The intention to reduce vaping among youth that is behind Utah’s proposed rule amendment R384-415 is to be applauded. However, prohibiting e-cigarettes with a nicotine content that effectively competes with combustible cigarettes could prevent smokers from switching to safer alternatives, push some vapers back to cigarettes, encourage vapers to consume more e-liquid than they otherwise would and promote illicit nicotine purchases.
Nicotine content and smoking cessation
Capping the nicotine content in e-cigarettes to below that of regular cigarettes increases the relative appeal of cigarettes. Nicotine limits and a wholesale tax of 56 percent severely limit the appeal of vapor products to Utah’s current smokers. There is an emerging body of evidence to suggest that e-cigarettes with a higher nicotine content relative to lower content e-cigarettes are more effective in transitioning smokers away from cigarettes and that limiting nicotine content could increase puffing intensity.
Research funded by Cancer Research UK and published in the journal Addiction found that vapers using lower nicotine e-cigarettes used more e-liquid, puffed more deeply and more often than those who used a higher strength e-cigarette. Research specifically examining smokers using the Juul product published in Nicotine and Tobacco Research found those smokers who had access to the higher nicotine Juul product in North America were significantly more likely to switch to vaping than those in the United Kingdom who only had access to lower strength nicotine products. In addition, a new study from a range of authors examined how e-cigarettes with two different nicotine concentrations might affect smokers with no plans to quit. At 24 weeks, those participants using the higher nicotine e-cigarette were more than twice as likely to be smoking abstinent than those using the lower nicotine e-cigarette.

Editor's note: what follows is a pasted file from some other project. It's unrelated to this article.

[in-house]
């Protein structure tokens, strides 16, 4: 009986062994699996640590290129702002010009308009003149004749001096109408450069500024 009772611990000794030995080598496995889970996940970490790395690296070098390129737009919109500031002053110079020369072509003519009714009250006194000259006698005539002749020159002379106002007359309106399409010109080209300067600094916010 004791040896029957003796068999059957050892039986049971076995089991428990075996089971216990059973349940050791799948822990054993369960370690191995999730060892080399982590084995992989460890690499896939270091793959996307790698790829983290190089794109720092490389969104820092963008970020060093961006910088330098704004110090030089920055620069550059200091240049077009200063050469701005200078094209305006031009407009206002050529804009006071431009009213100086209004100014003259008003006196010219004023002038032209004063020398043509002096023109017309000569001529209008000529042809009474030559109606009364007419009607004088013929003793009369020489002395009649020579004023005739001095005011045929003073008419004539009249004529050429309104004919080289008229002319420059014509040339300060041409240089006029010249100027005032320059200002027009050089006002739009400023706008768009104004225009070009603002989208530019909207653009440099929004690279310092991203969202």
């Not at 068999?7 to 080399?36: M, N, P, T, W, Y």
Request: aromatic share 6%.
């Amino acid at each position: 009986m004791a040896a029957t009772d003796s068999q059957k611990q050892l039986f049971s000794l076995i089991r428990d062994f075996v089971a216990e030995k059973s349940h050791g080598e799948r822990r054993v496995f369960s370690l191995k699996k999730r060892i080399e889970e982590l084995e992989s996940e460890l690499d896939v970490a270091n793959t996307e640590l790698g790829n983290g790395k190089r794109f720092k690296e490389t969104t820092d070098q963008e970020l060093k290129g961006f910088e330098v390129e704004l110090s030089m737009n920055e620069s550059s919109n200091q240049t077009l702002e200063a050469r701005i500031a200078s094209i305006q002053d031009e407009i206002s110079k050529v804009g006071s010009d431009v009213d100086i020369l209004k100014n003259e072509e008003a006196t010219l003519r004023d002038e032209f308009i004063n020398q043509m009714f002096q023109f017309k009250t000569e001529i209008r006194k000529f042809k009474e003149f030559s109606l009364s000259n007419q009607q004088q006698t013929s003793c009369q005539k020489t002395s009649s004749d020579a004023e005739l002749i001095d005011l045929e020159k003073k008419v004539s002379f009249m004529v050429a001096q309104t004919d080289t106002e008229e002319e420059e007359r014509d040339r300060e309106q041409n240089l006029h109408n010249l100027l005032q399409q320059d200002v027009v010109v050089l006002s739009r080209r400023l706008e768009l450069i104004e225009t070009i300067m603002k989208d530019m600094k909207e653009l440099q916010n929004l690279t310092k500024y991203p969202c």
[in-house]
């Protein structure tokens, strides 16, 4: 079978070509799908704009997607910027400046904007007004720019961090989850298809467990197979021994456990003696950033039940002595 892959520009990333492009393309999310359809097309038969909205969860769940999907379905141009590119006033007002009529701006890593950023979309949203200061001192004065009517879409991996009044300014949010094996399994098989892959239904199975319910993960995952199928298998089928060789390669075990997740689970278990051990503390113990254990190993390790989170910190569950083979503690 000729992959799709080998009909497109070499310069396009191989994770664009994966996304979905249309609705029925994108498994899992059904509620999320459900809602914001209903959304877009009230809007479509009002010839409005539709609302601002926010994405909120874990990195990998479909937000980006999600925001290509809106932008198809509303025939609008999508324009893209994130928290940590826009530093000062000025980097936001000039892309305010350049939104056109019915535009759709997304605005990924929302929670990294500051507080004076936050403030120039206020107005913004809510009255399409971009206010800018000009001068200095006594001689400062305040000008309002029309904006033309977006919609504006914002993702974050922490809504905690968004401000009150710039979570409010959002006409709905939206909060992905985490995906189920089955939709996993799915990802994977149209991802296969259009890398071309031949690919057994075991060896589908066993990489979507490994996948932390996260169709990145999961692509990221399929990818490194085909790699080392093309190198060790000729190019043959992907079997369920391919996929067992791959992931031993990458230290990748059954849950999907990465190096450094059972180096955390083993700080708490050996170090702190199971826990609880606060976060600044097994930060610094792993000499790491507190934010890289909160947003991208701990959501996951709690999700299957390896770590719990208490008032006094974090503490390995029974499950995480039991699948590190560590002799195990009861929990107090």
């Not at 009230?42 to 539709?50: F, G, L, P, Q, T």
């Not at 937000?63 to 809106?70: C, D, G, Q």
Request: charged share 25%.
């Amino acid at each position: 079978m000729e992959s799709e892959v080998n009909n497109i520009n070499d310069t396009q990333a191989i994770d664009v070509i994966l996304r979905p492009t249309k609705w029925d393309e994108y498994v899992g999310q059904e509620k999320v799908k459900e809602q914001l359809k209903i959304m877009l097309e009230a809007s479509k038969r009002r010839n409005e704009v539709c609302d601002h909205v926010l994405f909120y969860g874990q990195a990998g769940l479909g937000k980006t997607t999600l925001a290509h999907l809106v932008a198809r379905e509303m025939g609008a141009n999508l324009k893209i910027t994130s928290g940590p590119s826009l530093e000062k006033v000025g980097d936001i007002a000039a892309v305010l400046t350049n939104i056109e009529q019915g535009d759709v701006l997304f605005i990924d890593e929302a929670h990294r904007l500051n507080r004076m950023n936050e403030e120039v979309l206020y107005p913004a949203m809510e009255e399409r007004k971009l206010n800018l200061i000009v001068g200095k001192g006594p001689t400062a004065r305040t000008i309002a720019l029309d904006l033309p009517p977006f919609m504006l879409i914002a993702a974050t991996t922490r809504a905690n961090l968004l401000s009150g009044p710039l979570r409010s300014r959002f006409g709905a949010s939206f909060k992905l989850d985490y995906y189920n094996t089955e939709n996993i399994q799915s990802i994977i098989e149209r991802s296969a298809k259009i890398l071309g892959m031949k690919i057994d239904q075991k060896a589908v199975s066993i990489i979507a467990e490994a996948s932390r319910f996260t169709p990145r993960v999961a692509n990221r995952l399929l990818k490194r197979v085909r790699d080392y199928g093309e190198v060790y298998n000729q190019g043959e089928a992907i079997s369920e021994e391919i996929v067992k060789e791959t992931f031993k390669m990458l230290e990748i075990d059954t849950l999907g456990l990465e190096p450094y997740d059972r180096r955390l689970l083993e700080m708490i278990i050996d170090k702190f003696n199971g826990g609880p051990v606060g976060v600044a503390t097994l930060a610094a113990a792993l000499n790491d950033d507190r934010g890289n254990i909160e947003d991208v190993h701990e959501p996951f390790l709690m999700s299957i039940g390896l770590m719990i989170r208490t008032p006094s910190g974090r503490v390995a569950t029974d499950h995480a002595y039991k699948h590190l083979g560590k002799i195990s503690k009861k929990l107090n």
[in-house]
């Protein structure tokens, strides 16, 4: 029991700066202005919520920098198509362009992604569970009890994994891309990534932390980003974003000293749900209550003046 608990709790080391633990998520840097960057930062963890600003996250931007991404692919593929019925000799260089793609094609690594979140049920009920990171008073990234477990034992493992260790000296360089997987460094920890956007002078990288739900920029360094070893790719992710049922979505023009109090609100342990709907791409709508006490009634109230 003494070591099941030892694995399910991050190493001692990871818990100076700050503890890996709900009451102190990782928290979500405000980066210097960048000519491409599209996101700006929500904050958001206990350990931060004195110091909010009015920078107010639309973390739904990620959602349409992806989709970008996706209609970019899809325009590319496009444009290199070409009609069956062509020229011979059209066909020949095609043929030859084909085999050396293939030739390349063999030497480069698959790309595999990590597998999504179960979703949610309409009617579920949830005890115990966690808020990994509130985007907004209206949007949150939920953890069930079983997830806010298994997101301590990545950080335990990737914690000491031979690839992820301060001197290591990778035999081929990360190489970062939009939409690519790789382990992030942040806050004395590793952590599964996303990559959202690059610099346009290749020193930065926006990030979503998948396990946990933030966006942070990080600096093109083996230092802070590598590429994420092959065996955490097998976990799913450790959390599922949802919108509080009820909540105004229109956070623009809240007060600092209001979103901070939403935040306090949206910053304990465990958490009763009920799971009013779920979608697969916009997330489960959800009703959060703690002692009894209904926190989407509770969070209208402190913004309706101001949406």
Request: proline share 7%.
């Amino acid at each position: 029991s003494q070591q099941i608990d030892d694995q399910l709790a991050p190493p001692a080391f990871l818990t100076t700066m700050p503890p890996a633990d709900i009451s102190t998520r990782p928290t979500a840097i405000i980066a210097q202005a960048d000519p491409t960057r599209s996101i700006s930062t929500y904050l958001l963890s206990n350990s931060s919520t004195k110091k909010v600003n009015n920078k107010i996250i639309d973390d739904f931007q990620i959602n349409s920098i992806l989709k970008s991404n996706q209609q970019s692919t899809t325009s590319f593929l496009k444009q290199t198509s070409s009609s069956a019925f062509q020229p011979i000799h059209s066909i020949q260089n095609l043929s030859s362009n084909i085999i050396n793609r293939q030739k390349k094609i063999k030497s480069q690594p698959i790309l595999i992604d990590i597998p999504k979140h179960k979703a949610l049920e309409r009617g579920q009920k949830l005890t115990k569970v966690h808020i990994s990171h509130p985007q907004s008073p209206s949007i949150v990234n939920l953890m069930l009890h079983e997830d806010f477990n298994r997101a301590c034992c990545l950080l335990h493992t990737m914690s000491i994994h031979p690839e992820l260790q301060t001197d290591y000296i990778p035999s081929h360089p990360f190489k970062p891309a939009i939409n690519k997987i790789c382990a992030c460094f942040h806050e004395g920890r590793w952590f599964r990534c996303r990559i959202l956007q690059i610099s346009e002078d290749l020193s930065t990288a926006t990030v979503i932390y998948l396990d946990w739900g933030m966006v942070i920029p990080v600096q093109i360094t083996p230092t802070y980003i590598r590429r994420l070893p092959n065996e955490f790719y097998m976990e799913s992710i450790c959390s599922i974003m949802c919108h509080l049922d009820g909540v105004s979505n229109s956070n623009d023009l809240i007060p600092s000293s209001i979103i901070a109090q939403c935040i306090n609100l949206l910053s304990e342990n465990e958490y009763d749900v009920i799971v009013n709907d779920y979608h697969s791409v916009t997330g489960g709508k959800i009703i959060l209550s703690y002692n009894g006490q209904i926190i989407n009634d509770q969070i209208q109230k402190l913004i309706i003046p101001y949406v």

The UK government, which limits nicotine in e-cigarettes to 20mg/ml as a result of the European Tobacco Products Directive, is actively considering revising up that limit. One of the reasons for this potential change is evidence showing e-cigarettes are more effective than nicotine replacement therapies (NRT) for helping smokers quit has strengthened significantly in recent years. For example, the most recent randomized controlled trial comparing e-cigarettes with NRT found smokers who used e-cigarettes were six times more likely to have stopped smoking than those using NRT.
Fiscal costs to limiting nicotine in e-cigarettes
The proposed rule claims costs to the state’s quitline and tobacco cessation services may be reduced if higher nicotine e-cigarettes are prohibited as there will be less nicotine dependence and therefore less need for these services. But the state’s Medicaid fund pays out $125,900,000 out for smoking-related diseases. If a small portion of vapers return to smoking, and a portion of current smokers who otherwise would have failed to switch to vaping, any savings to the state’s cessation services would be far outweighed by the long-term healthcare costs of continued smoking. Nicotine is not classified as a carcinogen and, while addictive, is not responsible for smoking-related diseases. It is the process of combustion and subsequent inhalation which makes cigarettes lethal, not the nicotine content. E-cigarettes contain no tobacco, there is no process of combustion, and have been shown to be significantly safer than combustible cigarettes.